British feminist, who led the constitutional movement for women's suffrage. She was created a DBE in 1925.
Born in Aldeburgh, Suffolk, the daughter of an East Anglian shipowner, Millicent Garrett was drawn into the women's movement by her sister Elizabeth Garrett Anderson (1836–1917), the first woman to qualify as a doctor in Britain. In 1867 Millicent married Henry Fawcett, who was professor of economics at Cambridge University and radical MP for Brighton. He was blind and depended greatly on his wife in his political affairs, an involvement that gave her the competence to write the successful Political Economy for Beginners (1870). In the later 1860s she worked for the first women's suffrage committee and for the Married Women's Property Commission; she was also one of the organizers of the lecture scheme that grew into Newnham College for women at Cambridge. In 1884 Henry Fawcett died; two years later Millicent helped found a new women's suffrage society, later uniting the various separate organizations working for votes for women in the National Union of Women Suffrage Societies (NUWSS).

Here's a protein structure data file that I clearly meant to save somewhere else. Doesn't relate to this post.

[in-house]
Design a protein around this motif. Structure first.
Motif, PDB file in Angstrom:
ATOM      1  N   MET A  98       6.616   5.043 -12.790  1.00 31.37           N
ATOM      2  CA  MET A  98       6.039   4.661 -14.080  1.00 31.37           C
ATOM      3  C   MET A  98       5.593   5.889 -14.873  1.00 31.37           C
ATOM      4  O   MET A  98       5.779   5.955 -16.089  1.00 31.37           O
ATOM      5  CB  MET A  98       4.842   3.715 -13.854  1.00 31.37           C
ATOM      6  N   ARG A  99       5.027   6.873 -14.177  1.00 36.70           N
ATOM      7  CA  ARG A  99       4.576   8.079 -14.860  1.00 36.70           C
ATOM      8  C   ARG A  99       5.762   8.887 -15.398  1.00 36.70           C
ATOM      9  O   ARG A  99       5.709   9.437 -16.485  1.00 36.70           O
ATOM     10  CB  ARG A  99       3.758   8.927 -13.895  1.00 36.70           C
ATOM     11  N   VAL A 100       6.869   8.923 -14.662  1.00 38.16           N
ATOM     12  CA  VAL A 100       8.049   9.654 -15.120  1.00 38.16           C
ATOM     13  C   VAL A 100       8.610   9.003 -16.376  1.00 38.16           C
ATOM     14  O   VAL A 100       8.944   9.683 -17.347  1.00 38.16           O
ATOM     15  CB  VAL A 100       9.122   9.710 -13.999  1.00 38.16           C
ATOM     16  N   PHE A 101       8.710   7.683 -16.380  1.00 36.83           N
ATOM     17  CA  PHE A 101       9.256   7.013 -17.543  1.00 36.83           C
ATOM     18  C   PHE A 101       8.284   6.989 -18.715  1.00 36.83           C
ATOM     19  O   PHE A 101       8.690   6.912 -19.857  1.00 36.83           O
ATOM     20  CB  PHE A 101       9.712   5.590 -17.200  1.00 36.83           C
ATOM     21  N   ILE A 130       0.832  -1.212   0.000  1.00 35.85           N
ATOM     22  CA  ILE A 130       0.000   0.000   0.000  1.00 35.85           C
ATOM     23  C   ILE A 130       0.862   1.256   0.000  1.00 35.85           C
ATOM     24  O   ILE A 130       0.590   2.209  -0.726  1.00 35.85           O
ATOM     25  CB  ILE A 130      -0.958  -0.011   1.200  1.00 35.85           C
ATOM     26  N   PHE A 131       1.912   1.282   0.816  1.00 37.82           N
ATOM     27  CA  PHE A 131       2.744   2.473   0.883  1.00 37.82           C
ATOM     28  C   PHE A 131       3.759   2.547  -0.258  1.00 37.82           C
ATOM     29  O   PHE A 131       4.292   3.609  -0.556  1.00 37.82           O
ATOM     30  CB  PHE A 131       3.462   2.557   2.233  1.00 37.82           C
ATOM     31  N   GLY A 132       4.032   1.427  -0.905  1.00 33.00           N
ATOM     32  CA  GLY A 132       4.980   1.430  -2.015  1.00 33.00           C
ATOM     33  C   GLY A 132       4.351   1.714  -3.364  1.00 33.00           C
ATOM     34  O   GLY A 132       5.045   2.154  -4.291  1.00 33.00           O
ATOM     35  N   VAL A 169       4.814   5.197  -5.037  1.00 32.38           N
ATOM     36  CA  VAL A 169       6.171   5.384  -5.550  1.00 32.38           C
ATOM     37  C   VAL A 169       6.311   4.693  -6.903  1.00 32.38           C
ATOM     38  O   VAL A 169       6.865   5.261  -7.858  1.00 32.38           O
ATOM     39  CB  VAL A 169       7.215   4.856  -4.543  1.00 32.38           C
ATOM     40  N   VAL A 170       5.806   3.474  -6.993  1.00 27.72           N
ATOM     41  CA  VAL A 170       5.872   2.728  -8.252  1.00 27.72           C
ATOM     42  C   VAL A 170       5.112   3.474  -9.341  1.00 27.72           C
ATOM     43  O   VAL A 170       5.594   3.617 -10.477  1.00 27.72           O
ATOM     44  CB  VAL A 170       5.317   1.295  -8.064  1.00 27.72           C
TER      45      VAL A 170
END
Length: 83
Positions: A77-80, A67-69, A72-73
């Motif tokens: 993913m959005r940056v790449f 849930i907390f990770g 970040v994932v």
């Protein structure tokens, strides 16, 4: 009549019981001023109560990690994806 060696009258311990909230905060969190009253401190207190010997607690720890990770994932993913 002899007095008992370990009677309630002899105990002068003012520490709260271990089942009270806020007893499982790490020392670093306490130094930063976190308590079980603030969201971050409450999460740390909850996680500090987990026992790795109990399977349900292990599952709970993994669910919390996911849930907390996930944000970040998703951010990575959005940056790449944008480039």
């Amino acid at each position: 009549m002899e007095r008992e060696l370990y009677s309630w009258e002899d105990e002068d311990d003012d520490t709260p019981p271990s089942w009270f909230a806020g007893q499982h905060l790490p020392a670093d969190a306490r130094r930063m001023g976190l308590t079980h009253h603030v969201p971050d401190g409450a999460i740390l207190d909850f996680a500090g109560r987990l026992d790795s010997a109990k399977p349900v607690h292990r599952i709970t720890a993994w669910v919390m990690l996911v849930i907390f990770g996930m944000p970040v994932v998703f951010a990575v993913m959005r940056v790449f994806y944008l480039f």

As the NUWSS's first president (1897–1919), she worked relentlessly for the constitutional campaign for women's suffrage, in opposition to the militant tactics advocated by Emmeline Pankhurst. Fawcett also became known for her speeches against Irish home rule and for an investigation of the British concentration camps in South Africa, which has been criticized for its vindication of the British administration of the camps. With the outbreak of World War I in 1914, she concentrated on the recruitment of women to serve in the war industry, but in 1916 returned to the suffrage campaign. Two years later parliament, largely persuaded by the contribution women had made to the war effort, passed a bill enfranchising all women over the age of thirty. Fawcett continued to work for equal votes with men, which was achieved in 1928, shortly before her death.
Millicent Fawcett was also the author of a biography of Queen Victoria and of Women's Suffrage (1912) and Women's Victory and After (1918).
Subjects: Contemporary History (Post 1945).